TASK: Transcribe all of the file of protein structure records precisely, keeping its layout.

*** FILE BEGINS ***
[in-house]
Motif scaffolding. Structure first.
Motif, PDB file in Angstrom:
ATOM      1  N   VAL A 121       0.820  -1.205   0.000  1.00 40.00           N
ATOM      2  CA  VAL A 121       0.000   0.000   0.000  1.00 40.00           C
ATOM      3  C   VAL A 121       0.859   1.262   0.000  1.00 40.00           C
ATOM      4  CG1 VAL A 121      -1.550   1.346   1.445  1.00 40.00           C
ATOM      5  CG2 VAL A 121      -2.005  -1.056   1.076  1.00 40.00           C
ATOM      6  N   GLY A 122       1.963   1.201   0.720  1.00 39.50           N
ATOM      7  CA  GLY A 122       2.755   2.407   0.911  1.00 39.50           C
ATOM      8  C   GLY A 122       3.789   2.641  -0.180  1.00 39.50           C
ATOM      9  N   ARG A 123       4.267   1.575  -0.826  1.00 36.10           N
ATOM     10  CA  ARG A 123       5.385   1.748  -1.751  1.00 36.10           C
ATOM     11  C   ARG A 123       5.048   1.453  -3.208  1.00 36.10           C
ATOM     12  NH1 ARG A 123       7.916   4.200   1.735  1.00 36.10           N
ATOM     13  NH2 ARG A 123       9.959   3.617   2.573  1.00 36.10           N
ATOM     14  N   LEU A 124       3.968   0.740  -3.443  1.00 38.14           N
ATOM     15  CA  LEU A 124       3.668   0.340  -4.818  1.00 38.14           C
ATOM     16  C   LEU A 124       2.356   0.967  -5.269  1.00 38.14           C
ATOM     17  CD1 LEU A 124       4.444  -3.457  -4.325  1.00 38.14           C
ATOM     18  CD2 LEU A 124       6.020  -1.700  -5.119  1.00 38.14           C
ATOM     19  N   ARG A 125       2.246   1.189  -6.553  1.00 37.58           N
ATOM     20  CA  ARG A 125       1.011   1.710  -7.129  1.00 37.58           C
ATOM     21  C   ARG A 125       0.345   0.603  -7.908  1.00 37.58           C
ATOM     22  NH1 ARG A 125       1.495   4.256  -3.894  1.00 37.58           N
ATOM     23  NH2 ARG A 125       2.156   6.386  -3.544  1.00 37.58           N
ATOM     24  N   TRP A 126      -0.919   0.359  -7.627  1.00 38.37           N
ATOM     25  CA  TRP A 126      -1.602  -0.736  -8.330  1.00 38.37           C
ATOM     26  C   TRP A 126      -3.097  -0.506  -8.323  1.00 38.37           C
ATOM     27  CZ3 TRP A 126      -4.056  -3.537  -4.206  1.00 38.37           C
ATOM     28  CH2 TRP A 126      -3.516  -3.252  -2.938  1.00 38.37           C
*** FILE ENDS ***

[in-house]
Motif scaffolding. Structure first.
Motif, PDB file in Angstrom:
ATOM      1  N   VAL A 121       0.820  -1.205   0.000  1.00 40.00           N
ATOM      2  CA  VAL A 121       0.000   0.000   0.000  1.00 40.00           C
ATOM      3  C   VAL A 121       0.859   1.262   0.000  1.00 40.00           C
ATOM      4  CG1 VAL A 121      -1.550   1.346   1.445  1.00 40.00           C
ATOM      5  CG2 VAL A 121      -2.005  -1.056   1.076  1.00 40.00           C
ATOM      6  N   GLY A 122       1.963   1.201   0.720  1.00 39.50           N
ATOM      7  CA  GLY A 122       2.755   2.407   0.911  1.00 39.50           C
ATOM      8  C   GLY A 122       3.789   2.641  -0.180  1.00 39.50           C
ATOM      9  N   ARG A 123       4.267   1.575  -0.826  1.00 36.10           N
ATOM     10  CA  ARG A 123       5.385   1.748  -1.751  1.00 36.10           C
ATOM     11  C   ARG A 123       5.048   1.453  -3.208  1.00 36.10           C
ATOM     12  NH1 ARG A 123       7.916   4.200   1.735  1.00 36.10           N
ATOM     13  NH2 ARG A 123       9.959   3.617   2.573  1.00 36.10           N
ATOM     14  N   LEU A 124       3.968   0.740  -3.443  1.00 38.14           N
ATOM     15  CA  LEU A 124       3.668   0.340  -4.818  1.00 38.14           C
ATOM     16  C   LEU A 124       2.356   0.967  -5.269  1.00 38.14           C
ATOM     17  CD1 LEU A 124       4.444  -3.457  -4.325  1.00 38.14           C
ATOM     18  CD2 LEU A 124       6.020  -1.700  -5.119  1.00 38.14           C
ATOM     19  N   ARG A 125       2.246   1.189  -6.553  1.00 37.58           N
ATOM     20  CA  ARG A 125       1.011   1.710  -7.129  1.00 37.58           C
ATOM     21  C   ARG A 125       0.345   0.603  -7.908  1.00 37.58           C
ATOM     22  NH1 ARG A 125       1.495   4.256  -3.894  1.00 37.58           N
ATOM     23  NH2 ARG A 125       2.156   6.386  -3.544  1.00 37.58           N
ATOM     24  N   TRP A 126      -0.919   0.359  -7.627  1.00 38.37           N
ATOM     25  CA  TRP A 126      -1.602  -0.736  -8.330  1.00 38.37           C
ATOM     26  C   TRP A 126      -3.097  -0.506  -8.323  1.00 38.37           C
ATOM     27  CZ3 TRP A 126      -4.056  -3.537  -4.206  1.00 38.37           C
ATOM     28  CH2 TRP A 126      -3.516  -3.252  -2.938  1.00 38.37           C